I can relate to Bill Baer, he and I like to keep it ubiquitous. Bill covers the Phillies for Heater Magazine, writes the must-read Phillies blog Crashburn Alley, and then drops his non-Phillies baseball expertise at places like Baseball Prospectus and Baseball Daily Digest. You can also follow him on twitter.
In time for the upcoming four-game series between heavy weights in their respective divisions, Bill was nice enough to answer my questions three. (Yeah, I’m using a bad joke from Monty Python. Look, I’m stereotyped as a basement dwelling dork, I got to work hard to live up it. Ni!)
Erik: Is Ruben Amaro trying to make us (Cardinal fans) hate him? Ryan Howard, the $125 million dollar man. What do you think of the deal for your beloved Phillies, and how does it impact teams looking to sign or re-sign potential free agents Albert Pujols and Prince Fielder?
Bill: I’m not a fan of the Howard extension. It’s not due to his body type or his comparables on Baseball Reference; it’s because he plays at the least important position on a National League baseball diamond, he’s already 30 years old, he’s a one-dimensional player, and he’s already on the decline. As I wrote here last week:
Already, Howard has shown signs of decline as his walk rate has declined every year since 2007 and sits at a paltry 3.6% thus far in 2010. His BABIP has been lower as more and more teams have employed an infield shift against him. Opposing teams have also been bringing in more left-handed relievers to face Howard and his production against them has swiftly dropped. His strikeout rate has declined gradually but so has his isolated power. Using FanGraphs’ pitch type linear weights, Howard’s production against the fastball has dropped every year since 2006. He has swung at more and more pitches outside of the strike zone every year since he came into the Majors. Finally, his whiff rate (swinging strike percentage) has increased every year since 2006.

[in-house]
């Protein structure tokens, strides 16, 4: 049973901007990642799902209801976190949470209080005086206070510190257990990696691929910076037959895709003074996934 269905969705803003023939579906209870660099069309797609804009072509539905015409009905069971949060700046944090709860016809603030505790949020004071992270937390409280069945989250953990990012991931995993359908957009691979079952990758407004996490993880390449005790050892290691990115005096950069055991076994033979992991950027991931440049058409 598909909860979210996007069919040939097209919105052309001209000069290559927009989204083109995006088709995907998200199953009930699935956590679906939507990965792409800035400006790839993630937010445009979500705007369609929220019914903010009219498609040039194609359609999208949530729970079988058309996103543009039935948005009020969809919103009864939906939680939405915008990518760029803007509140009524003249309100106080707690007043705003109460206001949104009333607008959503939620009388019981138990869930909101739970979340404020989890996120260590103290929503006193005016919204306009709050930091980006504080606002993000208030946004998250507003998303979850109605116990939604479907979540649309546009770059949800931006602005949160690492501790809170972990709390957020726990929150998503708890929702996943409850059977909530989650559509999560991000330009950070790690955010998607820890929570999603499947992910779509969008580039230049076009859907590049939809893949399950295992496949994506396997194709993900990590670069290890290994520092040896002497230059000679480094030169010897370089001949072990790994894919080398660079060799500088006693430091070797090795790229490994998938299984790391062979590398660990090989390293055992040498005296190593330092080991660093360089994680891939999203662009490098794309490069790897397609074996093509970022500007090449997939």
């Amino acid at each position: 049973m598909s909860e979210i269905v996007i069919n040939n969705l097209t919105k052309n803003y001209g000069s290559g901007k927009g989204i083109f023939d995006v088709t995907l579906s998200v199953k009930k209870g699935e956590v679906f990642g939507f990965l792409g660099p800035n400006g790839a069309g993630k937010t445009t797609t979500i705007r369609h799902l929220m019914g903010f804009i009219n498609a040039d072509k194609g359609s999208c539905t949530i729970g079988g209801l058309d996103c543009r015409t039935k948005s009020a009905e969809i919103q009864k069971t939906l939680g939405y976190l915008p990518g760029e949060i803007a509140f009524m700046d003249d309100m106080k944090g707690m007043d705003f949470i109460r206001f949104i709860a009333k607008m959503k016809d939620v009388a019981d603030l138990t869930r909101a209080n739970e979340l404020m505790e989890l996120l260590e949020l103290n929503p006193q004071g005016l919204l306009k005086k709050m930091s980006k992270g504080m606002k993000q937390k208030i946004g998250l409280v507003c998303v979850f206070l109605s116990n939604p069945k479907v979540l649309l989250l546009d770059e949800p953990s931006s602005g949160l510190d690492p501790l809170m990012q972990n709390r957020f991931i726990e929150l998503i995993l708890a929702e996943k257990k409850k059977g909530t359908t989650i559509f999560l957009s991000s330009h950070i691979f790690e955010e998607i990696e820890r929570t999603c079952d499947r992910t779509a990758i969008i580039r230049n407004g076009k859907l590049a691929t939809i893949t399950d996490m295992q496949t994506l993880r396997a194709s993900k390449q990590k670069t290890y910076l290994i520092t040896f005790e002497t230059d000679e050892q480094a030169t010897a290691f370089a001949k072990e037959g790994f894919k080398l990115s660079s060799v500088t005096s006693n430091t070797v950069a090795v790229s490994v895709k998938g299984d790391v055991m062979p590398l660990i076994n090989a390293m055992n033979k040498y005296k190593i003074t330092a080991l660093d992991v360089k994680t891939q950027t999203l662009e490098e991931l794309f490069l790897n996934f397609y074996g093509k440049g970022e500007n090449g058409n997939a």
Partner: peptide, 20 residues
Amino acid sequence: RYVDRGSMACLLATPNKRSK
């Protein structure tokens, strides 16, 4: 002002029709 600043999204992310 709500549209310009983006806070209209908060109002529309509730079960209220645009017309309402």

I think the Howard deal sets the baseline for players like Fielder. I don’t think it affects Pujols all that much as I had previously thought he would become a $30 million dollar man anyway. He is in his own stratosphere. However, generally speaking, because there will be fewer first basemen on the market, the prices should go up slightly. It will be interesting to see what happens if the economy fully recovers as well.
Erik: Roy Halladay has been pitching incredibly well since coming over the Phillies. Is this a matter of the National League being that much easier than the American League, or is there some other underlying reason for Doc’s improvement?
Bill: You may be surprised when you hear this: #9 hitters, typically the opposing pitchers, have the fourth-highest OPS (.563) against Roy Halladay behind #8 (.922), #3 (.783), and #5 (.736). However, the NL East is definitely not the AL East in terms of offense. Four of his six starts have come against the NL East, one against each team. His results: two complete game shut-outs (@ ATL and vs. NYM) and a 0.81 ERA with 26 K and 4 BB in 33 innings.
Overall, he has been slightly lucky. His BABIP is about 30 points lower than normal and his HR/FB% is about half of what it should be. His 2.85 SIERA is higher than his 1.47 ERA which essentially validates that he’s been lucky, but it also indicated that he has still pitched extremely well. The NL Cy Young race will be interesting between him and Tim Lincecum (2.08 SIERA). Your guys Adam Wainwright and Chris Carpenter may want to exact some revenge and get their name on the list as well.
Erik: Ryan Madson just landed on the DL with a broken toe, and one of the Cardinals’ favorite punching bags – Brad Lidge – just was activated. Who closes games for Philadelphia, and how sizable of a lead do you feel safe with? 4 runs? 7? In all seriousness, assess Philly’s bullpen situation for us.
Bill: Phillies fans haven’t been on the Ryan Madson bandwagon because they think he lacks the mental capability to pitch the ninth, but that is a patently bogus claim. As I wrote here, Madson has actually been better in the ninth inning — in a very limited sample — than in the eighth inning. He has the best stuff of anyone not named Roy Halladay on the Phillies’ pitching staff. I would argue he has the best change-up in all of baseball, in fact. And Phillies fans don’t want him anywhere near the ninth inning. Now that he’s on the DL, it doesn’t matter.
The Phillies’ bullpen is even more of a problem than it was going into the season. J.C. Romero hasn’t looked sharp in his one and two-thirds innings of work and it’s unlikely that he and Lidge can handle a serious workload at this point. I won’t feel comfortable with these guys until the 27th out is recorded.
Update: I returned the favor for Bill at his blog.